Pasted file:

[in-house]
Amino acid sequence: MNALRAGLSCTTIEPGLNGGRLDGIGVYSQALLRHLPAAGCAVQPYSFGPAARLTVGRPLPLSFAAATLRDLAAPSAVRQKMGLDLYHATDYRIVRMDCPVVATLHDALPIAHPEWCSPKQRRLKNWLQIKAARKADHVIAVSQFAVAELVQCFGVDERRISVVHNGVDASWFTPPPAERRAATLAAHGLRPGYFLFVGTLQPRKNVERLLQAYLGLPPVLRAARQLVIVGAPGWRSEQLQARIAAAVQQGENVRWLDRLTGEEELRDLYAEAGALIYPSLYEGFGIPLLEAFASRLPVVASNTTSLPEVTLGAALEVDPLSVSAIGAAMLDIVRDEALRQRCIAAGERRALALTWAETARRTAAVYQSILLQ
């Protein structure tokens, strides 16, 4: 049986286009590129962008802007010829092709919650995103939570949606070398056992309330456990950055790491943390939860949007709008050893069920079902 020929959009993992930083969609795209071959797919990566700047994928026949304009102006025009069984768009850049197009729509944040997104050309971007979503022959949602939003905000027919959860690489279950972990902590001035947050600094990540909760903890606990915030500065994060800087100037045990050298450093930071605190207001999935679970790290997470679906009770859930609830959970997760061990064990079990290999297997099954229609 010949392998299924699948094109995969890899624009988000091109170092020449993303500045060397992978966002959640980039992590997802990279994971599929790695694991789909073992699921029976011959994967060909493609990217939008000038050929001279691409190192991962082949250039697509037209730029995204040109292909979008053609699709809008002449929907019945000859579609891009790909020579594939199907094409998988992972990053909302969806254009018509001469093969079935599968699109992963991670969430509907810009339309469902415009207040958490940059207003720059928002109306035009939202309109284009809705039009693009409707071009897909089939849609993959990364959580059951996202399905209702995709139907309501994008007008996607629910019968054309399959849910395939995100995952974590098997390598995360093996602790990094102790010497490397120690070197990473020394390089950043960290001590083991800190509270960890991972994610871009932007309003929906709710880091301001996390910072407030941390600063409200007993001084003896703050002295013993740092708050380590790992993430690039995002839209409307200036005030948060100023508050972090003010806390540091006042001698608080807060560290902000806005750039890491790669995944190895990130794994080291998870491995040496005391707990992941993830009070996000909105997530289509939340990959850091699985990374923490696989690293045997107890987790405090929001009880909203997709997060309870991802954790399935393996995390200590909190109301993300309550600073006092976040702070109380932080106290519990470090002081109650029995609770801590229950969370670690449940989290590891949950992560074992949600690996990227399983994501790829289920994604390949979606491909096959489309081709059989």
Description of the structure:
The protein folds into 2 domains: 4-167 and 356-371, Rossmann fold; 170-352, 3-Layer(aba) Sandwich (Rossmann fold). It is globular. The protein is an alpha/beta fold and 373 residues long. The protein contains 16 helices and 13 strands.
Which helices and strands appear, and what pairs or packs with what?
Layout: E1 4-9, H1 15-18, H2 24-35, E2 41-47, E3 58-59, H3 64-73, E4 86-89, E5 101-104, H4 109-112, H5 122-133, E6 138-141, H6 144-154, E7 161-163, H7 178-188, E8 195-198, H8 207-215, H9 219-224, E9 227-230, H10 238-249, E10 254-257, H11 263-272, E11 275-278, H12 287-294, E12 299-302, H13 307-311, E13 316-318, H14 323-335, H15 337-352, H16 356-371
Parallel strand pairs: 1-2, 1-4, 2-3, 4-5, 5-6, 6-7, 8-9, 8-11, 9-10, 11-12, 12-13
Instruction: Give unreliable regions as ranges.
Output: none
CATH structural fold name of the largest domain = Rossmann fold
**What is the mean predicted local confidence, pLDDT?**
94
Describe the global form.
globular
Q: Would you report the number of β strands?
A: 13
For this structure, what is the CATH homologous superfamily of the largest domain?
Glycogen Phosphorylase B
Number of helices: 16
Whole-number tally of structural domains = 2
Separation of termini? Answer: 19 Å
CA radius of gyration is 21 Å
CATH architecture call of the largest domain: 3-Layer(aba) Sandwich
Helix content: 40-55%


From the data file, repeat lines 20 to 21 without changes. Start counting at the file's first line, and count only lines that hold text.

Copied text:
Number of helices: 16
Whole-number tally of structural domains = 2